IV. Civil Register Records
Civil registry offices with their register books were introduced in the Duchy of Warsaw along with Napoleon’s Code. By the 1808 decree of Friedrich August, Saxon King and Duke of Warsaw, the civil registers records became a law. The registers were supposedly kept by secular officials, but due to the lack of qualified registrars, it were the clergy who took up the task. The situation continued to 1825, when civil register records were merged with church registers. On November 3, 1825 the tsar’s governor ruled that mayors would keep civil registers for non-Christian citizens, including Jews. An amendment of the Administrative Council of September 7, 1830, obliged rabbis to keep records upon performing religious rites.
Birth and marriage registers contain plenty of valuable personal information, such as people’s age, social status, occupation, address of parents of christened children, of newlyweds, names and status of witnesses at ceremonies, sometimes even causes of death.
The holding of the State Archives in Częstochowa include civil register records of the Jewish community for the years 1826–1901, amounting to 234 volumes with birth, marriage, and death records. Marriage records sometimes include also the so-called addendum or evidence records. These were non-local birth certificates, death certificates of former spouses in case of remarrying widows or widowers, divorce documents, etc. In general, the documents confirming the parties’ capacity to contract marriage.
Birth certificates of Jews born before 1826 can be found at the civil registers of St. Zygmunt’s Catholic Parish Church in Częstochowa, where the earliest books date back to 1808.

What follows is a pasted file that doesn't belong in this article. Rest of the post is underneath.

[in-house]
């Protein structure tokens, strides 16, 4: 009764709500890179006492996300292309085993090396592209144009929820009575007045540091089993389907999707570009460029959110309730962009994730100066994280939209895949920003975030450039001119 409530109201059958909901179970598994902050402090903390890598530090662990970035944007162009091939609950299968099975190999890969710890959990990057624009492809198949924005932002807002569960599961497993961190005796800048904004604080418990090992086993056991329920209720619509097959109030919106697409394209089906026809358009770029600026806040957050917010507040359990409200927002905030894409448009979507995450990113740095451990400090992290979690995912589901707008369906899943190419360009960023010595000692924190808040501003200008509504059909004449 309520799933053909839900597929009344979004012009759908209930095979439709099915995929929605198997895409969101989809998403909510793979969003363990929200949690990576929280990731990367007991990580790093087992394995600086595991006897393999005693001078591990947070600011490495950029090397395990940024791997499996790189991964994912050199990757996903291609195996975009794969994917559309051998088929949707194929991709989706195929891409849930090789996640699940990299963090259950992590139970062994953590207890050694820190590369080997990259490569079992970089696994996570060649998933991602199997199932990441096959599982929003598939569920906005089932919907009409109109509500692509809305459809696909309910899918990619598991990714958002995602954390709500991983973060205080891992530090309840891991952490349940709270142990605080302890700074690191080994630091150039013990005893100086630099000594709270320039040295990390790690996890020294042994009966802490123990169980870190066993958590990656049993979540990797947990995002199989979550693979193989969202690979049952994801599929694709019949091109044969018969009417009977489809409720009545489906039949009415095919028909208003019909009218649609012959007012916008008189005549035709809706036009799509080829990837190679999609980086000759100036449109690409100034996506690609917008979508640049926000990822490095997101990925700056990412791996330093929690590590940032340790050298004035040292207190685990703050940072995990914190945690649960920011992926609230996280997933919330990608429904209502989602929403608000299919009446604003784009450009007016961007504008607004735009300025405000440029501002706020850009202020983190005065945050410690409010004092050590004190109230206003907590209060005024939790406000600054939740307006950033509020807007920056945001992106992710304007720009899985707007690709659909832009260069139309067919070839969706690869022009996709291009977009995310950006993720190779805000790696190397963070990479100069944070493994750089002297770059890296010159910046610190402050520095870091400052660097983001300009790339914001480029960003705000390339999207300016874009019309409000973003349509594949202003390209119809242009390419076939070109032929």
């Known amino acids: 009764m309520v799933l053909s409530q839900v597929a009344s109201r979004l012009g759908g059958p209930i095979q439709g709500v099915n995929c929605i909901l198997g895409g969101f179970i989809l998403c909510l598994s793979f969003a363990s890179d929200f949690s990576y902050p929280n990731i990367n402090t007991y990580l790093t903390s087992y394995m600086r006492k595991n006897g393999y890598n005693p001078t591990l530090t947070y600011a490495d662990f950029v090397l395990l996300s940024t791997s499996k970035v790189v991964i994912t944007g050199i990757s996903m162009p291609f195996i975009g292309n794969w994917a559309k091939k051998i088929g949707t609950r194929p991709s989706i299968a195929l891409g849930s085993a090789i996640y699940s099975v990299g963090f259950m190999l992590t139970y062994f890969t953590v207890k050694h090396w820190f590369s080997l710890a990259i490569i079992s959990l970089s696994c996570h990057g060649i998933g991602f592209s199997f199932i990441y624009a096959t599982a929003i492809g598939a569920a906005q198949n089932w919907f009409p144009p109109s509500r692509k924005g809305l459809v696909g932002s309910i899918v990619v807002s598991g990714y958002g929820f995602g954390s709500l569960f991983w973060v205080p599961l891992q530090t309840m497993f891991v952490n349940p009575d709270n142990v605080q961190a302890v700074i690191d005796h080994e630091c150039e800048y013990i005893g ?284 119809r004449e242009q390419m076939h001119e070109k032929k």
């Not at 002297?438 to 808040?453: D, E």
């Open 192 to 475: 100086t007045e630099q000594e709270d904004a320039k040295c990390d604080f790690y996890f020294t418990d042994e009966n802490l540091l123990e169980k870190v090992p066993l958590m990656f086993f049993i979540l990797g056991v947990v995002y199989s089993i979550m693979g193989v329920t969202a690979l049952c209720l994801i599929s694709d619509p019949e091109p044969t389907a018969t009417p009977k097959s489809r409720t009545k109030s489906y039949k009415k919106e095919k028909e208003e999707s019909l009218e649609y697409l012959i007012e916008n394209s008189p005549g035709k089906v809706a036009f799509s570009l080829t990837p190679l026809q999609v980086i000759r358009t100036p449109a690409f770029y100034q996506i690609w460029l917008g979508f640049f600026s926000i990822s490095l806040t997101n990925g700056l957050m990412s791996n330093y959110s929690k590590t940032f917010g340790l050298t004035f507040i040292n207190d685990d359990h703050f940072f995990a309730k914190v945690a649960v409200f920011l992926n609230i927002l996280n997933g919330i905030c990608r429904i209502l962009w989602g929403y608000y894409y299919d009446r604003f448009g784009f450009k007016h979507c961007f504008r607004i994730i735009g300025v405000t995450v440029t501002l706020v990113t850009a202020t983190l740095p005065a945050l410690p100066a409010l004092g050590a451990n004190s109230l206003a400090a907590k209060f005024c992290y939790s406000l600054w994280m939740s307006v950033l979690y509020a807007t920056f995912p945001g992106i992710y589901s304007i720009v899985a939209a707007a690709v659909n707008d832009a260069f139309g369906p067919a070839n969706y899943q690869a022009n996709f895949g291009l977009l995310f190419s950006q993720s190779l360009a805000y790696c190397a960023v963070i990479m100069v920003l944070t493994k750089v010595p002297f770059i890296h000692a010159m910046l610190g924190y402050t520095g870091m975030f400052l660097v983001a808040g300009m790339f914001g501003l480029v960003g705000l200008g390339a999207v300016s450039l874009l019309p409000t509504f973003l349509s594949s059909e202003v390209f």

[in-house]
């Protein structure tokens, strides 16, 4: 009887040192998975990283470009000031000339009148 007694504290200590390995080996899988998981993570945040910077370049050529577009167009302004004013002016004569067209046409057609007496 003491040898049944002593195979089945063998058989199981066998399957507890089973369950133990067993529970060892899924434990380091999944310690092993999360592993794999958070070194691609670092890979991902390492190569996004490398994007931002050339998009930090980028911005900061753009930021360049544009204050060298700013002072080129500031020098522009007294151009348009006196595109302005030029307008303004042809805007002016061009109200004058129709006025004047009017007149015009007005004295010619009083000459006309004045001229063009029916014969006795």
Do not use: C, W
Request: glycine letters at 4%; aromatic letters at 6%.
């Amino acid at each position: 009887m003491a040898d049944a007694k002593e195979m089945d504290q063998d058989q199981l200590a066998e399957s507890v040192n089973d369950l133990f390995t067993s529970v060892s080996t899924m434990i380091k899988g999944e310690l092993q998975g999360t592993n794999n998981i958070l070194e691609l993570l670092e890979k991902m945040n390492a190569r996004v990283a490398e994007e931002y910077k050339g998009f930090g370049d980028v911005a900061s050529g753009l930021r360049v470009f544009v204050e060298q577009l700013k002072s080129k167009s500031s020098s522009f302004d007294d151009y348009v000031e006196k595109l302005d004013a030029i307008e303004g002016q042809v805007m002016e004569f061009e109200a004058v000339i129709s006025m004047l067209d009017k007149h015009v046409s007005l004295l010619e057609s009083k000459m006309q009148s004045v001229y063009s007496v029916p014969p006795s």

And thus in the “Book of Births of Częstochowa Parish in Częstochowa Poviat of Kalisz Department” 1808/1809, there 15 Jewish births registered, with the earliest Częstochowa entry (no. 2 in 1809) being the birth of Ruchla Bomba to Marek Bomba, “master tailor resident of the city of Częstochowa”.
This valuable material concerning early Jewish settlement in Częstochowa is supplemented with addendum records to marriages contracted in the 1809-1826 period.
Useful information provided by these additional records frequently date back to the late eighteenth c. They are for the most part certificates issued by the Elders of Częstochowa Kahal to confirm parties’ capacity to contract marriage.
For instance: “We, the Elders of Częstochowa kahal, confirm that Machla, a widow Jewess, daughter of Jakub Cymerman, a Jew, was born on July 7, 1783, here in the city of Częstochowa, to Marjanna nee Judkowicz, as certified by the Kahal stamp imprinted with our own hands.
Did in Częstochowa February, 22 1810.
And we attest that the husband of the above widow the late Starozakonny [Jew] Tobyjasz Jakub Goldman died on Yanuary 14, 1807 and at the Kirkov of the local Częstochowa synagogue here was buried. This is to certify by signature by the Kahal stamp imprinted [...]”
The act was signed by the Elders and stamped: the inscription on the rim was: “Stamp of the Synagogue of Częstochowa”, and a Hebrew inscription within. Some acts are with the Siegel des Sinagogo zu Czenstochau inscription on the stamp rim.